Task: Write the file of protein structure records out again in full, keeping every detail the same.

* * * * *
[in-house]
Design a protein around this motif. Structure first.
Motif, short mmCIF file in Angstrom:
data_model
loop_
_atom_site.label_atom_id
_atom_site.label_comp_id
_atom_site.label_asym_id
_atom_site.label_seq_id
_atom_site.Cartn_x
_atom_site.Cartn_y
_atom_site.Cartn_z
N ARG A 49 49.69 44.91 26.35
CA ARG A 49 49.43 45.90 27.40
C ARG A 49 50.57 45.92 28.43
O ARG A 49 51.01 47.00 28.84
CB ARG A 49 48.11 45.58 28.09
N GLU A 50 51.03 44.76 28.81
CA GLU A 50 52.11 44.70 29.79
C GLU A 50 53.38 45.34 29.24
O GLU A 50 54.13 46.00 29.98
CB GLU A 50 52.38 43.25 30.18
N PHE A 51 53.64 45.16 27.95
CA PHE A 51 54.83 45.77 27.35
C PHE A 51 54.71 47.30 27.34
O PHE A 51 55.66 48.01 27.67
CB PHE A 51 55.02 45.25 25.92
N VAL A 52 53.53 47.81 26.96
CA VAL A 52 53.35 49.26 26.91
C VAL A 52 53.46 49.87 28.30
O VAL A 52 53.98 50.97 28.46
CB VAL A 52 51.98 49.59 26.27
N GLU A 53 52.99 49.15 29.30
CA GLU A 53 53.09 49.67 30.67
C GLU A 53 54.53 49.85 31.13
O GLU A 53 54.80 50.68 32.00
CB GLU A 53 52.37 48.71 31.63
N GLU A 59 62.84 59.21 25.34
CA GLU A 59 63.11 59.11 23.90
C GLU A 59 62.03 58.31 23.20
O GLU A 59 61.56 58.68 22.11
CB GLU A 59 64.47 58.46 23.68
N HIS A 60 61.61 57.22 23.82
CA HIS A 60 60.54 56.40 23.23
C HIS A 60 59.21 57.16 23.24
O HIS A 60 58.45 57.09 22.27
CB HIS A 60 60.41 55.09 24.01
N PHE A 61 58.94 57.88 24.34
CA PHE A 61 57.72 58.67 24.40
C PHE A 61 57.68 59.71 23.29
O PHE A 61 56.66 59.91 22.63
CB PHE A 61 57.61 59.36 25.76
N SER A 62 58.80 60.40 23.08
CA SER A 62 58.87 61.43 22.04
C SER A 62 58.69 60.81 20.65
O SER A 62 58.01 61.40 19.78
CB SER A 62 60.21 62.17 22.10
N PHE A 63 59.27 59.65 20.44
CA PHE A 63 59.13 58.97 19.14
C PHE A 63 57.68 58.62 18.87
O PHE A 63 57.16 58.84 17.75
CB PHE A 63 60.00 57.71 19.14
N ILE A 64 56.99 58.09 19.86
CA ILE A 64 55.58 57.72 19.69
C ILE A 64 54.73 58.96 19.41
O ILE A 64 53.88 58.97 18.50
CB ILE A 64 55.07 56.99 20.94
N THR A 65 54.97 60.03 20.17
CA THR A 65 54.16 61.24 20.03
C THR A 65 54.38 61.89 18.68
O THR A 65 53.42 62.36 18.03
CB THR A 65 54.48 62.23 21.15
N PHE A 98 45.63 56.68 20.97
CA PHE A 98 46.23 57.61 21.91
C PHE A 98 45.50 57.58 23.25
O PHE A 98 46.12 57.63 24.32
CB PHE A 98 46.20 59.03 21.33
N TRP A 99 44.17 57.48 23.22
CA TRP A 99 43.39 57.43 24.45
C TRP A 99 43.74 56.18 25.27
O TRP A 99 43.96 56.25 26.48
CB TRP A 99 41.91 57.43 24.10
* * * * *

[in-house]
Design a protein around this motif. Structure first.
Motif, short mmCIF file in Angstrom:
data_model
loop_
_atom_site.label_atom_id
_atom_site.label_comp_id
_atom_site.label_asym_id
_atom_site.label_seq_id
_atom_site.Cartn_x
_atom_site.Cartn_y
_atom_site.Cartn_z
N ARG A 49 49.69 44.91 26.35
CA ARG A 49 49.43 45.90 27.40
C ARG A 49 50.57 45.92 28.43
O ARG A 49 51.01 47.00 28.84
CB ARG A 49 48.11 45.58 28.09
N GLU A 50 51.03 44.76 28.81
CA GLU A 50 52.11 44.70 29.79
C GLU A 50 53.38 45.34 29.24
O GLU A 50 54.13 46.00 29.98
CB GLU A 50 52.38 43.25 30.18
N PHE A 51 53.64 45.16 27.95
CA PHE A 51 54.83 45.77 27.35
C PHE A 51 54.71 47.30 27.34
O PHE A 51 55.66 48.01 27.67
CB PHE A 51 55.02 45.25 25.92
N VAL A 52 53.53 47.81 26.96
CA VAL A 52 53.35 49.26 26.91
C VAL A 52 53.46 49.87 28.30
O VAL A 52 53.98 50.97 28.46
CB VAL A 52 51.98 49.59 26.27
N GLU A 53 52.99 49.15 29.30
CA GLU A 53 53.09 49.67 30.67
C GLU A 53 54.53 49.85 31.13
O GLU A 53 54.80 50.68 32.00
CB GLU A 53 52.37 48.71 31.63
N GLU A 59 62.84 59.21 25.34
CA GLU A 59 63.11 59.11 23.90
C GLU A 59 62.03 58.31 23.20
O GLU A 59 61.56 58.68 22.11
CB GLU A 59 64.47 58.46 23.68
N HIS A 60 61.61 57.22 23.82
CA HIS A 60 60.54 56.40 23.23
C HIS A 60 59.21 57.16 23.24
O HIS A 60 58.45 57.09 22.27
CB HIS A 60 60.41 55.09 24.01
N PHE A 61 58.94 57.88 24.34
CA PHE A 61 57.72 58.67 24.40
C PHE A 61 57.68 59.71 23.29
O PHE A 61 56.66 59.91 22.63
CB PHE A 61 57.61 59.36 25.76
N SER A 62 58.80 60.40 23.08
CA SER A 62 58.87 61.43 22.04
C SER A 62 58.69 60.81 20.65
O SER A 62 58.01 61.40 19.78
CB SER A 62 60.21 62.17 22.10
N PHE A 63 59.27 59.65 20.44
CA PHE A 63 59.13 58.97 19.14
C PHE A 63 57.68 58.62 18.87
O PHE A 63 57.16 58.84 17.75
CB PHE A 63 60.00 57.71 19.14
N ILE A 64 56.99 58.09 19.86
CA ILE A 64 55.58 57.72 19.69
C ILE A 64 54.73 58.96 19.41
O ILE A 64 53.88 58.97 18.50
CB ILE A 64 55.07 56.99 20.94
N THR A 65 54.97 60.03 20.17
CA THR A 65 54.16 61.24 20.03
C THR A 65 54.38 61.89 18.68
O THR A 65 53.42 62.36 18.03
CB THR A 65 54.48 62.23 21.15
N PHE A 98 45.63 56.68 20.97
CA PHE A 98 46.23 57.61 21.91
C PHE A 98 45.50 57.58 23.25
O PHE A 98 46.12 57.63 24.32
CB PHE A 98 46.20 59.03 21.33
N TRP A 99 44.17 57.48 23.22
CA TRP A 99 43.39 57.43 24.45
C TRP A 99 43.74 56.18 25.27
O TRP A 99 43.96 56.25 26.48
CB TRP A 99 41.91 57.43 24.10